Refrigeration for HVAC - Heat Pumps and Geothermal Systems
A heat pump in the heating mode absorbs heat from the outside air (the average air source heat pump is only good down to approximately 38 degrees Fahrenheit before the process of refrigeration becomes inefficient) and move the heat to the inside. Many heat pumps and air conditioners use the vapor compression refrigeration method to provide heating and cooling. Vapor compression refrigeration utilizes a compressor, condenser, metering device, and an evaporator coil.
Water source or geothermal heat pumps do not have this problem since the source of where the heat pump absorbs heat is a constant 50 degrees plus or minus slight variables. Air source heat pumps need a backup source of heat so when the temperature outdoors falls below 38 degrees Fahrenheit the served space can remain comfortable.
Refrigeration for HVAC | Air Conditioning and Heat Pumps
The typical source of backup heat for air source heat pumps is electric heat strips. Other sources of backup heat for air source heat pumps include gas heat and oil heat. For efficiency reasons, the heat pump condenser should be set up with an outside air temperature cut-out switch to disable the heat pump condenser when the outside ambient air temperature falls below 38 degrees Fahrenheit.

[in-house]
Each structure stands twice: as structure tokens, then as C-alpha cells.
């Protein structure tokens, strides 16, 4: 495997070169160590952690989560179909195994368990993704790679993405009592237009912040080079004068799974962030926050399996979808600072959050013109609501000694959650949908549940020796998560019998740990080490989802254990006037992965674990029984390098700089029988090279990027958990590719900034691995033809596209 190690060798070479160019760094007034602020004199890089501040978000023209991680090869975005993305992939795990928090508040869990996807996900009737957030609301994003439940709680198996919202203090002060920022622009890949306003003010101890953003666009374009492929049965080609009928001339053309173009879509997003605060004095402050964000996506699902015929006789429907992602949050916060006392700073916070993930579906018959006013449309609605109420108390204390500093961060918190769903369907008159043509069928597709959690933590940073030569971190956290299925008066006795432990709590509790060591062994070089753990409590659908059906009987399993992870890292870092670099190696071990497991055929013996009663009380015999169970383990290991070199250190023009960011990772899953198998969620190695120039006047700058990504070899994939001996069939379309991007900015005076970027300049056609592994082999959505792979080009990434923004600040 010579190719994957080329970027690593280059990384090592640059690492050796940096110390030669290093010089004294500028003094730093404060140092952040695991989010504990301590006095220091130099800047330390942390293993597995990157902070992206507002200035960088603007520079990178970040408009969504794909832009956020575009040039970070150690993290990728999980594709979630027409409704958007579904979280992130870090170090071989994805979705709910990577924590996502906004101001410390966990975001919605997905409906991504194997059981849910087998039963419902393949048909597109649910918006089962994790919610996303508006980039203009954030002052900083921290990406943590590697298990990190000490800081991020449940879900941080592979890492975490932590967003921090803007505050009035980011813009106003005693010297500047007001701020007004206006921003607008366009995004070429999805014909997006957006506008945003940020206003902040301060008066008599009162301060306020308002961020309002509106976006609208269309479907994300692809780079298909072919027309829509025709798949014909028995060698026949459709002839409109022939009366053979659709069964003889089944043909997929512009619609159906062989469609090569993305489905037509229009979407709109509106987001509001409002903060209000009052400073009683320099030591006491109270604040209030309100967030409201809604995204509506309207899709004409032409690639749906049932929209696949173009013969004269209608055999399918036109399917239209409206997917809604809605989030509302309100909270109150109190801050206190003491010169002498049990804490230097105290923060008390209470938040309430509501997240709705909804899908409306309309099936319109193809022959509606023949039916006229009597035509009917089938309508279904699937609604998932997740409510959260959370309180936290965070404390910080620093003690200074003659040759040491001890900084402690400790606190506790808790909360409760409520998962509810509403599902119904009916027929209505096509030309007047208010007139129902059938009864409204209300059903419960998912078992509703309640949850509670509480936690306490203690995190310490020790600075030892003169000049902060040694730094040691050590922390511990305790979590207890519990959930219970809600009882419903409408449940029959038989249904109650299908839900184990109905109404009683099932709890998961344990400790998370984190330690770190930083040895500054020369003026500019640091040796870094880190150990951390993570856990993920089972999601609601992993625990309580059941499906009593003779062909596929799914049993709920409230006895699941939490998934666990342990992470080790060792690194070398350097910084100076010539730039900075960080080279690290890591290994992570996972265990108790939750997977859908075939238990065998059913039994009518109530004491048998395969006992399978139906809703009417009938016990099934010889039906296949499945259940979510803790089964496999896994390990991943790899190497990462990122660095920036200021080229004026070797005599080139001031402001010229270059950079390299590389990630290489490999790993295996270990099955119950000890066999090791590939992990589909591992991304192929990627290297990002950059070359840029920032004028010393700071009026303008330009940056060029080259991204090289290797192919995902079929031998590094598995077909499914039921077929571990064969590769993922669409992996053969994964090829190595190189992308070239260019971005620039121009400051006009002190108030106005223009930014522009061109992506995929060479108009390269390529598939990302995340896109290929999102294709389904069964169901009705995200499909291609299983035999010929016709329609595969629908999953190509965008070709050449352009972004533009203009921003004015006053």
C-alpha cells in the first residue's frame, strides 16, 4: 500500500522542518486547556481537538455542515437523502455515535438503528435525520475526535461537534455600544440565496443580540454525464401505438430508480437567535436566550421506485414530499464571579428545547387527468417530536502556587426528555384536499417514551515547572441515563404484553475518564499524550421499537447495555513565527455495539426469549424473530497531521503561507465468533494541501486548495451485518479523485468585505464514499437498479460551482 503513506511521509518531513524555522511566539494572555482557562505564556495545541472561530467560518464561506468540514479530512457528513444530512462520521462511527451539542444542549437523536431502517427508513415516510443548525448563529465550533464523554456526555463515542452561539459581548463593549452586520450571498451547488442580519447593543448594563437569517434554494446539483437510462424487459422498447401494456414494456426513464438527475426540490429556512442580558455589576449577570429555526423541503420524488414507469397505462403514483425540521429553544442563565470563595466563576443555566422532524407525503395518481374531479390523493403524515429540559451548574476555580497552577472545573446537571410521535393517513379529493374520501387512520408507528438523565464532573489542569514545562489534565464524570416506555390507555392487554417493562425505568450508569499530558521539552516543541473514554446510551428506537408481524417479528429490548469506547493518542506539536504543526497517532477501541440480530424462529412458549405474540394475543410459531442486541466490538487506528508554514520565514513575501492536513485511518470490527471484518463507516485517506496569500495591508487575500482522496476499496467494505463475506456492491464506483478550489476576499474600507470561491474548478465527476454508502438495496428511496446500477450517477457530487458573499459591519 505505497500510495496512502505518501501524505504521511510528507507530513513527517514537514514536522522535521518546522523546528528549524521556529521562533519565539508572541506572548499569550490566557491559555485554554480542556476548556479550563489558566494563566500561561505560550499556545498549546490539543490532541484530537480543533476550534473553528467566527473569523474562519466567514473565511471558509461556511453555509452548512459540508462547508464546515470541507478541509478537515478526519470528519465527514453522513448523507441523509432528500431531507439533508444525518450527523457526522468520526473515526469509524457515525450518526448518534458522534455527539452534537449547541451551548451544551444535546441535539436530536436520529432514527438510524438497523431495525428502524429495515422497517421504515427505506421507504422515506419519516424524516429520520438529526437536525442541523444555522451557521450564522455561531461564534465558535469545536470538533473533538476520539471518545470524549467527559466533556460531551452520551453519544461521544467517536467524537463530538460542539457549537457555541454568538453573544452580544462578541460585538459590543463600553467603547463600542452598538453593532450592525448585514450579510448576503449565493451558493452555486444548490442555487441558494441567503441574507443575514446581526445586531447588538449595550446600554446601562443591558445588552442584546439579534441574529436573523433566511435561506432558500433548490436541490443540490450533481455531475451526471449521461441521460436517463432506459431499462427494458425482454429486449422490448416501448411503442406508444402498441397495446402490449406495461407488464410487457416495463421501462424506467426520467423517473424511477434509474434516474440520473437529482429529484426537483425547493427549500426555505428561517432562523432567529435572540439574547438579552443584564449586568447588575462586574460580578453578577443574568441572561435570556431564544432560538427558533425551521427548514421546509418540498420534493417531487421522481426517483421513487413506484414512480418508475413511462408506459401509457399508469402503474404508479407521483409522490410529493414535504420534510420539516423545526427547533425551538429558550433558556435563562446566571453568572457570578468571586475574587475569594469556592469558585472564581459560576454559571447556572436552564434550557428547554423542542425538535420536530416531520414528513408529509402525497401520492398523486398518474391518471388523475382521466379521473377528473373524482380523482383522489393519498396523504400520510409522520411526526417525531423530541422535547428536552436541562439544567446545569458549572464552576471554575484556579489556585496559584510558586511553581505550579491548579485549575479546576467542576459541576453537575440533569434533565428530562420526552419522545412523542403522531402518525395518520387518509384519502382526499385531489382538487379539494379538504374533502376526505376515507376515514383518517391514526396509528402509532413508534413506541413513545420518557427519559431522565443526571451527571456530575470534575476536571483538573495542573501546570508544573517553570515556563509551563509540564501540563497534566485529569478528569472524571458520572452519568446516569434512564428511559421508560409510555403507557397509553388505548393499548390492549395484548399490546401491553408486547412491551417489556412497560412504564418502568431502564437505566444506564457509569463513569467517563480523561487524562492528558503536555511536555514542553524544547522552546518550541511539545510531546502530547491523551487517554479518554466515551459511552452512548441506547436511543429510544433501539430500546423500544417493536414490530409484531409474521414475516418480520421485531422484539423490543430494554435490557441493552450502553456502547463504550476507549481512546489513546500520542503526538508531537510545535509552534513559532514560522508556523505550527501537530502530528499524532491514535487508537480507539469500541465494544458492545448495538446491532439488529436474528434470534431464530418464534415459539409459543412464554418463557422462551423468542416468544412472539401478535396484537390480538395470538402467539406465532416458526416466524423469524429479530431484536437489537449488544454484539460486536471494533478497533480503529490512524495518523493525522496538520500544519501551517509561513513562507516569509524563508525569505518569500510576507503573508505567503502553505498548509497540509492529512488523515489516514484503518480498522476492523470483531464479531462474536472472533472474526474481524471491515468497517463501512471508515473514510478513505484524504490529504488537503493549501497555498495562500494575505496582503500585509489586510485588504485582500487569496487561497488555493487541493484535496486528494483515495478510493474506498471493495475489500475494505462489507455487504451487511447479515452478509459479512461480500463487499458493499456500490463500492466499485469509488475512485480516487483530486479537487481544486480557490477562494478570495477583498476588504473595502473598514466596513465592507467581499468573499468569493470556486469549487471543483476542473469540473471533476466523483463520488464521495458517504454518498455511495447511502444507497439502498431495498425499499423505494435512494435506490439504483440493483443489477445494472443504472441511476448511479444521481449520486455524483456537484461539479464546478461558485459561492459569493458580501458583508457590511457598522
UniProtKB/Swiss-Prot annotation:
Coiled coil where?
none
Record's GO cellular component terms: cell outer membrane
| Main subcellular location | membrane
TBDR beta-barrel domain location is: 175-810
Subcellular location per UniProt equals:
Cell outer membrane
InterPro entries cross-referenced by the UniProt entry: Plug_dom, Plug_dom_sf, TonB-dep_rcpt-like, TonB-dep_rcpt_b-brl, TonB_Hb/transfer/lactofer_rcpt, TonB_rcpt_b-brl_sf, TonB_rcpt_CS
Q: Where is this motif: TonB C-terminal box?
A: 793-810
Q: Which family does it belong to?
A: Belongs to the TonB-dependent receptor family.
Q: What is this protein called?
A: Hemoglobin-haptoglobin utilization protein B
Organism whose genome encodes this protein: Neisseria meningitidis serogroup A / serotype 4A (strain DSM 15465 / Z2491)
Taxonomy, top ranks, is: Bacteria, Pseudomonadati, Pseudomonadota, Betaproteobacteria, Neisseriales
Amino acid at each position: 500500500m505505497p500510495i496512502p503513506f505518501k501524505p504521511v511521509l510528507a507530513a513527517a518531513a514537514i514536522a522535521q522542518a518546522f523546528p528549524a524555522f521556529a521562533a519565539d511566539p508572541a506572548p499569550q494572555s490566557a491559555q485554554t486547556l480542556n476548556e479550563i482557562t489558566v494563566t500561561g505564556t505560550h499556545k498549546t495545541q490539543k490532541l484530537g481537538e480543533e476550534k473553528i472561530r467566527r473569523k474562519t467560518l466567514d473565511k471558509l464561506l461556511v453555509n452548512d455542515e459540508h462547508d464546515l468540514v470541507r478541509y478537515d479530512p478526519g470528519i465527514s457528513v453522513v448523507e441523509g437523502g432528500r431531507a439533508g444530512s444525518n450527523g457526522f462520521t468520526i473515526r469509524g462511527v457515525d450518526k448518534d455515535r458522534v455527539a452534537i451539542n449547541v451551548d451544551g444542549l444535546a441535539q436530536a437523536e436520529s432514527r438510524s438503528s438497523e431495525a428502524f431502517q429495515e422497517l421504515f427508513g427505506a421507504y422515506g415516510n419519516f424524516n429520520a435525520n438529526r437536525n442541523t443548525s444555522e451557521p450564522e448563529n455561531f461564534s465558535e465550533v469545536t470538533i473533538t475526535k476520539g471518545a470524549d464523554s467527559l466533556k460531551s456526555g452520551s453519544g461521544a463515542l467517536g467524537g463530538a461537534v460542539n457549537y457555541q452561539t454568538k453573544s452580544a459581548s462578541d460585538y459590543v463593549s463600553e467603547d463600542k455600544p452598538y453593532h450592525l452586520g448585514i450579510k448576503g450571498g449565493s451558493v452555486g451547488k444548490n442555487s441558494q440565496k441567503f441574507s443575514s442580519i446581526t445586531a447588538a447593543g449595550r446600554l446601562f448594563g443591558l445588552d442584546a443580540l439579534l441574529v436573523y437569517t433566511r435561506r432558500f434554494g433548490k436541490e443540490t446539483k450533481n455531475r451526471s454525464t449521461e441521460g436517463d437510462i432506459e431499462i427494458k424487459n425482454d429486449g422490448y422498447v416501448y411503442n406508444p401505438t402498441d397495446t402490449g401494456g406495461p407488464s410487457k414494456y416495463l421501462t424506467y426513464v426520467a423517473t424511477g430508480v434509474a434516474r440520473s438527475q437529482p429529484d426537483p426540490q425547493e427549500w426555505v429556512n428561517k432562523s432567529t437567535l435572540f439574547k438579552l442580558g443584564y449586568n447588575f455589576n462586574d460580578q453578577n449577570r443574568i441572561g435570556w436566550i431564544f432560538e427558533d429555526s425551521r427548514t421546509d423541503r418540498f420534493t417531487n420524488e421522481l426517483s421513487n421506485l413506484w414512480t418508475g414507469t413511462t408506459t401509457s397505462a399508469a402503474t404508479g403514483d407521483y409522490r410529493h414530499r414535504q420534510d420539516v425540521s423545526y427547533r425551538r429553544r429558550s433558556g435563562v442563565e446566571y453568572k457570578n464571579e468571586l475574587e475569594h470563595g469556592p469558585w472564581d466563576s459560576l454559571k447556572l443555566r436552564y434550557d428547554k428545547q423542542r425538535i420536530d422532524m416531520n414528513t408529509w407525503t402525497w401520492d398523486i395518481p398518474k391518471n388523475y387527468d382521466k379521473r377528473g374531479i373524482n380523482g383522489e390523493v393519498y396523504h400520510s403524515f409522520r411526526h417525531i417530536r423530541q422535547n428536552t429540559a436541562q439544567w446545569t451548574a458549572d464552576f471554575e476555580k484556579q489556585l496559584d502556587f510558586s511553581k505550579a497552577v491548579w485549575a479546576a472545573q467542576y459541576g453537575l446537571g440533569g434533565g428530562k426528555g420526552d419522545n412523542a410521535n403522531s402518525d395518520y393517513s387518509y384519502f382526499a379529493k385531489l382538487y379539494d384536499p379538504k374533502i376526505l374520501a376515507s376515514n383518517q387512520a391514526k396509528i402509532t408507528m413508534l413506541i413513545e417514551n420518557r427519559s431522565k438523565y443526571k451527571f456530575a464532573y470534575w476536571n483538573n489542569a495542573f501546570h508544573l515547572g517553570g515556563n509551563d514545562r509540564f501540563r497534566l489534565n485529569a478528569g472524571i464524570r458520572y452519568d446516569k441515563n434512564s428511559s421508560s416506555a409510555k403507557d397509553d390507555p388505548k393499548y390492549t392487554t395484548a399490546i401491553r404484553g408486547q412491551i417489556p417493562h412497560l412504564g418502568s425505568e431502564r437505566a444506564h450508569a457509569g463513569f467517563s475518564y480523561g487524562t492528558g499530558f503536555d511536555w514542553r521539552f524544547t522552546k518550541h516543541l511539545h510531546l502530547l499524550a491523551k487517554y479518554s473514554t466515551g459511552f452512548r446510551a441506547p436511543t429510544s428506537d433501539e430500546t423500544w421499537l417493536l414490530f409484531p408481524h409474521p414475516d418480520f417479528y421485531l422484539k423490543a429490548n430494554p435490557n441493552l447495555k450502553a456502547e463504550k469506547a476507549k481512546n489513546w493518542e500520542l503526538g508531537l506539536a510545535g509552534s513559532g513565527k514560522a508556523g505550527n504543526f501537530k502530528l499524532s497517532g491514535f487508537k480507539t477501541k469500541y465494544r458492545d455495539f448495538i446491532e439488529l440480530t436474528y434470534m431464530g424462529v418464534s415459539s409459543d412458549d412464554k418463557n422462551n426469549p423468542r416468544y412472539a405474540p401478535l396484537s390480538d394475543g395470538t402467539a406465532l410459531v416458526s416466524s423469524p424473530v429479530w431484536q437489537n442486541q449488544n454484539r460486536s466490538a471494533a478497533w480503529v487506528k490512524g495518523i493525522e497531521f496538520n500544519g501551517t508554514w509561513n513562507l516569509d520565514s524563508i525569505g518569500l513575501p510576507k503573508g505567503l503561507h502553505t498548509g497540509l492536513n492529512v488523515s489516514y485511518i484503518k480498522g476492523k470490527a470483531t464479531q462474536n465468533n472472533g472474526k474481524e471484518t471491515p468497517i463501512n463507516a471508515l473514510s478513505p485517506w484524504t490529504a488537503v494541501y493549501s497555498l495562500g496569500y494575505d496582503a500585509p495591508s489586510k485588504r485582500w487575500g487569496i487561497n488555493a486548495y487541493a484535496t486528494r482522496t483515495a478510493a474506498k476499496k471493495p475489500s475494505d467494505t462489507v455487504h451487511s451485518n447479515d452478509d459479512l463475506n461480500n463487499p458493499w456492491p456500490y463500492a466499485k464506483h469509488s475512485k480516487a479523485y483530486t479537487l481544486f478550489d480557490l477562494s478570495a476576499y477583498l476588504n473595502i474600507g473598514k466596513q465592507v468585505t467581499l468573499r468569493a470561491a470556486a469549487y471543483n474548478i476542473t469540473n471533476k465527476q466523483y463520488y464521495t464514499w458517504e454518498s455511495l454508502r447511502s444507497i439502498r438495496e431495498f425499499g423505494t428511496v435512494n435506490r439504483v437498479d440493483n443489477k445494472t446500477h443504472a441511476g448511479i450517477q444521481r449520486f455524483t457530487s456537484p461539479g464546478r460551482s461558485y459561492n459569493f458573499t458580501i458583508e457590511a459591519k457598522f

The diagram below illustrates the entire refrigeration process from beginning to end for the process of refrigeration used in HVAC. If you drew a diagonal line from the compressor to the metering device you would illustrate and separate the high-pressure side of the refrigeration system from the low pressure. Without anyone of any these four components, the process of vapor compression refrigeration would not be possible.
Refrigeration for HVAC | Air Conditioning and Heat Pumps - Components Graphic
Related Link: Learn more about Piping Design and Best Practices for Refrigeration Piping (opens in a new window)
Refrigeration for HVAC
Technical Resource: Refrigeration and Air Conditioning Technology